County Record Offices (Sheriff courts, Burgh Courts, Justices of the Peace Courts)
Local Sheriff Court

Period Covered

1150 - Onwards

Genealogical Value

Name, occupation, age, place of birth, marital status of the accused. Physical description and character. Prison transfers and discharge details which include the name of the prisoner, a physical description & the names & addresses of the next of kin. Occasionally photos. Details of trial, verdict & punishment.

Further References

Court Related
Alexander, William. The Practice of the Commissary Courts in Scotland: A. and C. Black, 1859 (Available online at Google Books) Buy Now on Amazon
Bevan, Amanda. Tracing Your Ancestors in the National Archives: The National Archives, 2006 Buy Now on Amazon
Pitcairn, Robert. Criminal Trials in Scotland: Bannatyne Club, 1833 (Free downloads of other Pitcairn titles are available in full from Google Books and the Internet Archive) Buy Now on Amazon
Records of the Proceedings of the Justiciary Court, Edinburgh, 1661-1678: BiblioBazaar, LLC, 2008 Buy Now on Amazon
Roughead, William. Twelve Scots Trials: W. Green & Sons, 1913  Buy Now on Amazon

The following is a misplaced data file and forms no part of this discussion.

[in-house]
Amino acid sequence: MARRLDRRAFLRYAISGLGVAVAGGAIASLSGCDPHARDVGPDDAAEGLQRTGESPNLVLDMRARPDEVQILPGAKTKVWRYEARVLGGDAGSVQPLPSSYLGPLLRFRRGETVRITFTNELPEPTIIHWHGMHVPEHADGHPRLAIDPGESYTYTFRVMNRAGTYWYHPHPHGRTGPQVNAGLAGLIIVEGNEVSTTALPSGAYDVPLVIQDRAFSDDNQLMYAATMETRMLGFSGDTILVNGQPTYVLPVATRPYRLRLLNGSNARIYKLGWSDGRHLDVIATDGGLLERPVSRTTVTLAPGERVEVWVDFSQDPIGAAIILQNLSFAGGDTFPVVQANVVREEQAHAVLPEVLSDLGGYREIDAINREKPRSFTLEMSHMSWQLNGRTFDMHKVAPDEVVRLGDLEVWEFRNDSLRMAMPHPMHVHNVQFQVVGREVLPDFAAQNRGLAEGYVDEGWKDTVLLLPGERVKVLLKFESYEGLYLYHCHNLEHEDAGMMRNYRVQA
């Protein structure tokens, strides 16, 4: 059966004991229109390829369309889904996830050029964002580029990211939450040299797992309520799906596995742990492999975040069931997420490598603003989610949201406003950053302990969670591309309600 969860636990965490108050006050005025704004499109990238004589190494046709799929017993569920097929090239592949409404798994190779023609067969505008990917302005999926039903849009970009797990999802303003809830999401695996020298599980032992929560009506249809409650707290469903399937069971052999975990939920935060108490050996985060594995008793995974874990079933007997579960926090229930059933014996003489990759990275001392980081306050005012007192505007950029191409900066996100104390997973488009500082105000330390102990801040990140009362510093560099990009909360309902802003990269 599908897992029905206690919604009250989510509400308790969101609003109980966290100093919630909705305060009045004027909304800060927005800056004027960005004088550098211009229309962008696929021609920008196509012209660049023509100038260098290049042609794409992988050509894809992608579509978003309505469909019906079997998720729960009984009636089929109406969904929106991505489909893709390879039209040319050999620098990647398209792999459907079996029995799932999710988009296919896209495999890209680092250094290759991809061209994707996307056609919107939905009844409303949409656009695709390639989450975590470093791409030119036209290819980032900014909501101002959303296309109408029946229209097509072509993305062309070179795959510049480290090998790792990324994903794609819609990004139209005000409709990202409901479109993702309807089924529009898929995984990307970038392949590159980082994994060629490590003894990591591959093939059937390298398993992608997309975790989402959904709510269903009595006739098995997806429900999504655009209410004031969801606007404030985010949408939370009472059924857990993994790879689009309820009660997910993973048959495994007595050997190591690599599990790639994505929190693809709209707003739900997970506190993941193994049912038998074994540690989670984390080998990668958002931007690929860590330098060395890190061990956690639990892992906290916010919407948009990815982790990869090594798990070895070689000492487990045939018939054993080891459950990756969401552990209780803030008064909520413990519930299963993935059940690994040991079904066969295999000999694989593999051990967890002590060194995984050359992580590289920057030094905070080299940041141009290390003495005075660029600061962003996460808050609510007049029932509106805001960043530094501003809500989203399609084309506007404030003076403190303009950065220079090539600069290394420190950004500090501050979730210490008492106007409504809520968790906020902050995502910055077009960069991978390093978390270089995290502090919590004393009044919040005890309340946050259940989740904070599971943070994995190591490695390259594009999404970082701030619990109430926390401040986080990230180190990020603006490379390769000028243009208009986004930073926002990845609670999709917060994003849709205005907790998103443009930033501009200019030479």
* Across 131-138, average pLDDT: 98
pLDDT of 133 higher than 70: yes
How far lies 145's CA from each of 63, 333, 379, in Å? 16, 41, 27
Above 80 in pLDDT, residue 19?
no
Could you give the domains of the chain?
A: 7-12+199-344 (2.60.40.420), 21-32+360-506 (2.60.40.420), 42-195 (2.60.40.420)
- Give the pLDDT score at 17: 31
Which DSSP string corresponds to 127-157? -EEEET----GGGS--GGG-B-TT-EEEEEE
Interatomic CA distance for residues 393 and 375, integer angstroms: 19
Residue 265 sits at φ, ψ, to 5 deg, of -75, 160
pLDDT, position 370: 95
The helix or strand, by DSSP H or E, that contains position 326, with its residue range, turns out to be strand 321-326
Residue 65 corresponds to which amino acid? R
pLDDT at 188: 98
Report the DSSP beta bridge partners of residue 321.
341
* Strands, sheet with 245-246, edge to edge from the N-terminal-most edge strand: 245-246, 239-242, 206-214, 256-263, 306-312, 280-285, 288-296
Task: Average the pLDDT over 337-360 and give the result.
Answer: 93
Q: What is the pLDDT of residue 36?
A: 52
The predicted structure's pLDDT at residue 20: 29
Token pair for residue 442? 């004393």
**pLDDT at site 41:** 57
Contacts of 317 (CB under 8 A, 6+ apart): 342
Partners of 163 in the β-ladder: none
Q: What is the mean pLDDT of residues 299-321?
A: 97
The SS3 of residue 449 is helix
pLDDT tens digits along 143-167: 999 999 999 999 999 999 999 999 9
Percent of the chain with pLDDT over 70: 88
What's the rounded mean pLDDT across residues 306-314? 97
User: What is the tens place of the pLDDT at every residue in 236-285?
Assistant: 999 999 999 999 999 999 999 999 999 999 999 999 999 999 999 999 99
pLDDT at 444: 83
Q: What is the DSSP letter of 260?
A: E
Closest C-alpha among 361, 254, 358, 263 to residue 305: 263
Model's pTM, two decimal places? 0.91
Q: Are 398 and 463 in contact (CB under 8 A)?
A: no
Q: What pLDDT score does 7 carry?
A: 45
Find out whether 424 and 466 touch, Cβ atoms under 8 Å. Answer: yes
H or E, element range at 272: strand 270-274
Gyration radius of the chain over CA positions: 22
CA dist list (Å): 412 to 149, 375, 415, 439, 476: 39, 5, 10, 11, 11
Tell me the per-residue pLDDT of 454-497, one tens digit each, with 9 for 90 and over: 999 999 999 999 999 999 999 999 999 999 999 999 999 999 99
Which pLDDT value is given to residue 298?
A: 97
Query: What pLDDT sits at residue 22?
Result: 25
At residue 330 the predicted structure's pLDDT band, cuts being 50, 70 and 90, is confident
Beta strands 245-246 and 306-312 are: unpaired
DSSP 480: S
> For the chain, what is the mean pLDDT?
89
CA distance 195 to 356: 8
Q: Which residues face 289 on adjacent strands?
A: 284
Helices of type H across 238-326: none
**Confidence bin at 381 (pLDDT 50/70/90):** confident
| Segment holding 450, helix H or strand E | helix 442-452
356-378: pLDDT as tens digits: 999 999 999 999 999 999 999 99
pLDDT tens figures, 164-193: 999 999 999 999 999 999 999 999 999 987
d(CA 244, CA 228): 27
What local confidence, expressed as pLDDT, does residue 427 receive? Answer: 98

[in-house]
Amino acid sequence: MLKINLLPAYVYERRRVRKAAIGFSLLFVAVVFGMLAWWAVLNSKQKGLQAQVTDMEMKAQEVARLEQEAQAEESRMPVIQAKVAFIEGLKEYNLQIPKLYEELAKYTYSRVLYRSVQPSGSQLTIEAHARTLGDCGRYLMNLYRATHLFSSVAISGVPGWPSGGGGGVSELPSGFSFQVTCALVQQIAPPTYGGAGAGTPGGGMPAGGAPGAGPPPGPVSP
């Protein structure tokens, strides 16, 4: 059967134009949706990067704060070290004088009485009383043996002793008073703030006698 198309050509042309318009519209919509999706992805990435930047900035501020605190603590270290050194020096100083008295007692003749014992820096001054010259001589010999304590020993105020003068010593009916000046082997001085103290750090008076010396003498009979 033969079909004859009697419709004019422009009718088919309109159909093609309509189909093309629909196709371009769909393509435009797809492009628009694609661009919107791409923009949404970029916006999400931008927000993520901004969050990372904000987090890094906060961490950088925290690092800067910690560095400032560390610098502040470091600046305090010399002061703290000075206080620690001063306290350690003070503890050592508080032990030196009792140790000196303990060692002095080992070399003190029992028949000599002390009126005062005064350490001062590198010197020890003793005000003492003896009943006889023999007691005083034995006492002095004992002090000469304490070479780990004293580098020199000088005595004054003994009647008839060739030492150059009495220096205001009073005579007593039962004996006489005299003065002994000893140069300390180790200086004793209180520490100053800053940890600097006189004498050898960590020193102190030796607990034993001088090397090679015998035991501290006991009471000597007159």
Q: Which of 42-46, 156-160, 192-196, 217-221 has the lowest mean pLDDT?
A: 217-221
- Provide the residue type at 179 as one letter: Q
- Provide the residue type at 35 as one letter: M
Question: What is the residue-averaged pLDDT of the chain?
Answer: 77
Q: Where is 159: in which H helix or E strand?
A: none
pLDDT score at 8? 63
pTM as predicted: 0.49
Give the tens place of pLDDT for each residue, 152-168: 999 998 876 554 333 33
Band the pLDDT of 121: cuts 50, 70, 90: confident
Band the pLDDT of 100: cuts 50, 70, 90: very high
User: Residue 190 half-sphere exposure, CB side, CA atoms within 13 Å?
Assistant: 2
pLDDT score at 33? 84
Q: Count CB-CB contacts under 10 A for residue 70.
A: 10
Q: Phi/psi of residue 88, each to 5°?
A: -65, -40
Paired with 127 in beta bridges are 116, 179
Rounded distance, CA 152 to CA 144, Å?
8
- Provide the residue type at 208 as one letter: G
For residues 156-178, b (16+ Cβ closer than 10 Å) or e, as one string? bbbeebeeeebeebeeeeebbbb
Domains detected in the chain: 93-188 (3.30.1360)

Roughead, William. Classic Crimes: A Selection from the Works of William Roughead: Cassell & Co, 1951 Buy Now on Amazon
Roughead, William. Tales of the Criminous: A Selection from the Works of William Roughead: Cassell & Co, 1956 Buy Now on Amazon
Seton, B.G & Arnot, J.G. (Eds) The Prisoners of the ‘45’: Scottish History Society, 1928-1929 (Listing of 3,470 known Jacobite prisoners held in custody)
Whittington-Egan, Richard. William Roughead's Chronicles of Murder: Lochar Publishing, 1991 Buy Now on Amazon
Family History Guides  
Adolph, Anthony. Tracing Your Scottish Family History: Collins, 2008 Buy Now on Amazon
Bigwood, Rosemary: The Scottish Family Tree Detective: Tracing Your Ancestors in Scotland: Manchester University Press, 2007  Buy Now on Amazon
Clarke, T. Tracing Your Scottish Ancestors: The Official Guide: Birlinn, 2012  Buy Now on Amazon
Cory, Kathleen B. Tracing Your Scottish Ancestry: Genealogical Publishing Company, 2009 Buy Now on Amazon
Durie, Bruce. Scottish Genealogy: The History Press, 2012  Buy Now on Amazon